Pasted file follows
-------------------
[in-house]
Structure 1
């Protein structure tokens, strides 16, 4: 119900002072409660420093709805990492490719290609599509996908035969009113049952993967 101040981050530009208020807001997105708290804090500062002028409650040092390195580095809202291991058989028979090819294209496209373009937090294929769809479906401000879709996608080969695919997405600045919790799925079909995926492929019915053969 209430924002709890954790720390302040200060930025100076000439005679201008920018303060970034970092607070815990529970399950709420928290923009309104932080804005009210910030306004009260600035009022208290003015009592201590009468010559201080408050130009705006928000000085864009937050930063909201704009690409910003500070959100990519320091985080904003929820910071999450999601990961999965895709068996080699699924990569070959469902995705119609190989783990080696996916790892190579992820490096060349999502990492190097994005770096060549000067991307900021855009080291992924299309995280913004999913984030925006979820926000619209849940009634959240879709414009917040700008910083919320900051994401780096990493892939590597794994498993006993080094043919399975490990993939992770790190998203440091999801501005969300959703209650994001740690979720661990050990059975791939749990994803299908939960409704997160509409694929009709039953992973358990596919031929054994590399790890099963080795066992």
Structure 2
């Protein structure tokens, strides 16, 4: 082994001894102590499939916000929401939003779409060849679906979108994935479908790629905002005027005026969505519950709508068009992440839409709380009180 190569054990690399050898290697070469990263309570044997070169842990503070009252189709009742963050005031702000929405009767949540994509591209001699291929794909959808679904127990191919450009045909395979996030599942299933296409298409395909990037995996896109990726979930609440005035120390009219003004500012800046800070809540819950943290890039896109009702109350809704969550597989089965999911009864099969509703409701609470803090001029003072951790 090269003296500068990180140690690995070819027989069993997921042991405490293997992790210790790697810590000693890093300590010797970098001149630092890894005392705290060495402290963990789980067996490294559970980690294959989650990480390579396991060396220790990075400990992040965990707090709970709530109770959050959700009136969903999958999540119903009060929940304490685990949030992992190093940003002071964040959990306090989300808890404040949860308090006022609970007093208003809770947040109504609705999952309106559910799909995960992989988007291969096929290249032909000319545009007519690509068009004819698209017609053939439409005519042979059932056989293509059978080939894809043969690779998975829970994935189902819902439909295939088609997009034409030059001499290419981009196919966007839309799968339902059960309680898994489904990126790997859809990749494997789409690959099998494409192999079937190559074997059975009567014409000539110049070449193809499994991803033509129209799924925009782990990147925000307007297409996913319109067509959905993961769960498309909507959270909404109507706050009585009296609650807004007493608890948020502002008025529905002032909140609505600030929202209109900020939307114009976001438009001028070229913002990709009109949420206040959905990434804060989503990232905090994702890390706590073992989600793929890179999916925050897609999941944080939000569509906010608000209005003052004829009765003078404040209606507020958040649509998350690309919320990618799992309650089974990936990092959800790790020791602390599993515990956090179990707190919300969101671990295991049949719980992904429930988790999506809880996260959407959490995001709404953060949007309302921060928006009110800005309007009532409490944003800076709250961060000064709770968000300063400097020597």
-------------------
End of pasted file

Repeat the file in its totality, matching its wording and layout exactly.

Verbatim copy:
[in-house]
Structure 1
């Protein structure tokens, strides 16, 4: 119900002072409660420093709805990492490719290609599509996908035969009113049952993967 101040981050530009208020807001997105708290804090500062002028409650040092390195580095809202291991058989028979090819294209496209373009937090294929769809479906401000879709996608080969695919997405600045919790799925079909995926492929019915053969 209430924002709890954790720390302040200060930025100076000439005679201008920018303060970034970092607070815990529970399950709420928290923009309104932080804005009210910030306004009260600035009022208290003015009592201590009468010559201080408050130009705006928000000085864009937050930063909201704009690409910003500070959100990519320091985080904003929820910071999450999601990961999965895709068996080699699924990569070959469902995705119609190989783990080696996916790892190579992820490096060349999502990492190097994005770096060549000067991307900021855009080291992924299309995280913004999913984030925006979820926000619209849940009634959240879709414009917040700008910083919320900051994401780096990493892939590597794994498993006993080094043919399975490990993939992770790190998203440091999801501005969300959703209650994001740690979720661990050990059975791939749990994803299908939960409704997160509409694929009709039953992973358990596919031929054994590399790890099963080795066992």
Structure 2
């Protein structure tokens, strides 16, 4: 082994001894102590499939916000929401939003779409060849679906979108994935479908790629905002005027005026969505519950709508068009992440839409709380009180 190569054990690399050898290697070469990263309570044997070169842990503070009252189709009742963050005031702000929405009767949540994509591209001699291929794909959808679904127990191919450009045909395979996030599942299933296409298409395909990037995996896109990726979930609440005035120390009219003004500012800046800070809540819950943290890039896109009702109350809704969550597989089965999911009864099969509703409701609470803090001029003072951790 090269003296500068990180140690690995070819027989069993997921042991405490293997992790210790790697810590000693890093300590010797970098001149630092890894005392705290060495402290963990789980067996490294559970980690294959989650990480390579396991060396220790990075400990992040965990707090709970709530109770959050959700009136969903999958999540119903009060929940304490685990949030992992190093940003002071964040959990306090989300808890404040949860308090006022609970007093208003809770947040109504609705999952309106559910799909995960992989988007291969096929290249032909000319545009007519690509068009004819698209017609053939439409005519042979059932056989293509059978080939894809043969690779998975829970994935189902819902439909295939088609997009034409030059001499290419981009196919966007839309799968339902059960309680898994489904990126790997859809990749494997789409690959099998494409192999079937190559074997059975009567014409000539110049070449193809499994991803033509129209799924925009782990990147925000307007297409996913319109067509959905993961769960498309909507959270909404109507706050009585009296609650807004007493608890948020502002008025529905002032909140609505600030929202209109900020939307114009976001438009001028070229913002990709009109949420206040959905990434804060989503990232905090994702890390706590073992989600793929890179999916925050897609999941944080939000569509906010608000209005003052004829009765003078404040209606507020958040649509998350690309919320990618799992309650089974990936990092959800790790020791602390599993515990956090179990707190919300969101671990295991049949719980992904429930988790999506809880996260959407959490995001709404953060949007309302921060928006009110800005309007009532409490944003800076709250961060000064709770968000300063400097020597």